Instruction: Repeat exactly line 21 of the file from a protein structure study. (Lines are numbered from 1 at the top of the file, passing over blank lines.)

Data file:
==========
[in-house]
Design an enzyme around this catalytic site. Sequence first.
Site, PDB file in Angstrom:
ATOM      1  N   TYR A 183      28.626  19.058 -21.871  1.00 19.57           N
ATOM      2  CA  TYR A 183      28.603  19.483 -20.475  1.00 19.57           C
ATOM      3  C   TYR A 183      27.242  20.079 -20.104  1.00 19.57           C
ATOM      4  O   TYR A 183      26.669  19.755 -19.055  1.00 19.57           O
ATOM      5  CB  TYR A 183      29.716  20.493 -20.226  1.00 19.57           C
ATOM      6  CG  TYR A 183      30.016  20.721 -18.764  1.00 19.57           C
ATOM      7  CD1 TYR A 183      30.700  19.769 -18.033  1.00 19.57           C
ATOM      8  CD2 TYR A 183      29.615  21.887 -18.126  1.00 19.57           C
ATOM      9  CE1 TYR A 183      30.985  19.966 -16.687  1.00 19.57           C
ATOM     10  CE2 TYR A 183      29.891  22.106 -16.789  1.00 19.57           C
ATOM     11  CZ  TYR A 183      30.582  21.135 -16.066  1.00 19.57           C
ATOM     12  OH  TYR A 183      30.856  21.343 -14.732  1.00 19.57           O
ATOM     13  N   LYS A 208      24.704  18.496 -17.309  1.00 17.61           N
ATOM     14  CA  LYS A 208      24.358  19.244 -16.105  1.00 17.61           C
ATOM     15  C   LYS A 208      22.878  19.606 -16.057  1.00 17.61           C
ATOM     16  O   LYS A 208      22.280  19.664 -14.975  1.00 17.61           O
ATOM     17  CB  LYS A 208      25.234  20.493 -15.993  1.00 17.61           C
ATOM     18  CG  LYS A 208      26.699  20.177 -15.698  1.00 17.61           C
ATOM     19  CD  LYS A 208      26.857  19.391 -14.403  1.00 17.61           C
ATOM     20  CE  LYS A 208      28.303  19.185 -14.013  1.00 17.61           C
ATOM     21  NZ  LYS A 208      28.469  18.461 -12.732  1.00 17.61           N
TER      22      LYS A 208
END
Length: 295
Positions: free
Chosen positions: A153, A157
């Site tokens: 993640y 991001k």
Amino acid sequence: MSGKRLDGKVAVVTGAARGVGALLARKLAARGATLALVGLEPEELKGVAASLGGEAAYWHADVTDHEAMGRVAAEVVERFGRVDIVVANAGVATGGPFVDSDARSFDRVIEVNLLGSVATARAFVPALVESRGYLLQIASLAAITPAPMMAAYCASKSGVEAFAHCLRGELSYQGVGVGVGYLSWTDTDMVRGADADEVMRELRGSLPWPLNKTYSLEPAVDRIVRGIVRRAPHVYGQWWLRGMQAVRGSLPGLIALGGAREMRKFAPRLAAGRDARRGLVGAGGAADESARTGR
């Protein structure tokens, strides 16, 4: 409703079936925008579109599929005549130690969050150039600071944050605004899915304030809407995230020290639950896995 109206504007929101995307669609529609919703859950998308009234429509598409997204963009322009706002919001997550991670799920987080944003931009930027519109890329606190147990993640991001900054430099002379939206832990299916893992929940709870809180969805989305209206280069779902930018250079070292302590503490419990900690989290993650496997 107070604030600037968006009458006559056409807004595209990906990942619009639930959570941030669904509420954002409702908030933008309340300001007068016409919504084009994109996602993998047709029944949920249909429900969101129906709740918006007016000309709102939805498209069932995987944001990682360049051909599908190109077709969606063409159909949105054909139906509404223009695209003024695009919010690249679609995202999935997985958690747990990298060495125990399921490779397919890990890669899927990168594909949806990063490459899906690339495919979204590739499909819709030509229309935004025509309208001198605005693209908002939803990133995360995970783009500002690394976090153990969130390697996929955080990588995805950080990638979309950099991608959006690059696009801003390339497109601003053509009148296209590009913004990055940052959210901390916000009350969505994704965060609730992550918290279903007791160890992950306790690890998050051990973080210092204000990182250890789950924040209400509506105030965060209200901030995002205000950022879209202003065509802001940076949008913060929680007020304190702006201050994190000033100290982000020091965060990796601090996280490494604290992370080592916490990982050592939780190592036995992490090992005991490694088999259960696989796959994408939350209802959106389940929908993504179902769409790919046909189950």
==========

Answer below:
ATOM     18  CG  LYS A 208      26.699  20.177 -15.698  1.00 17.61           C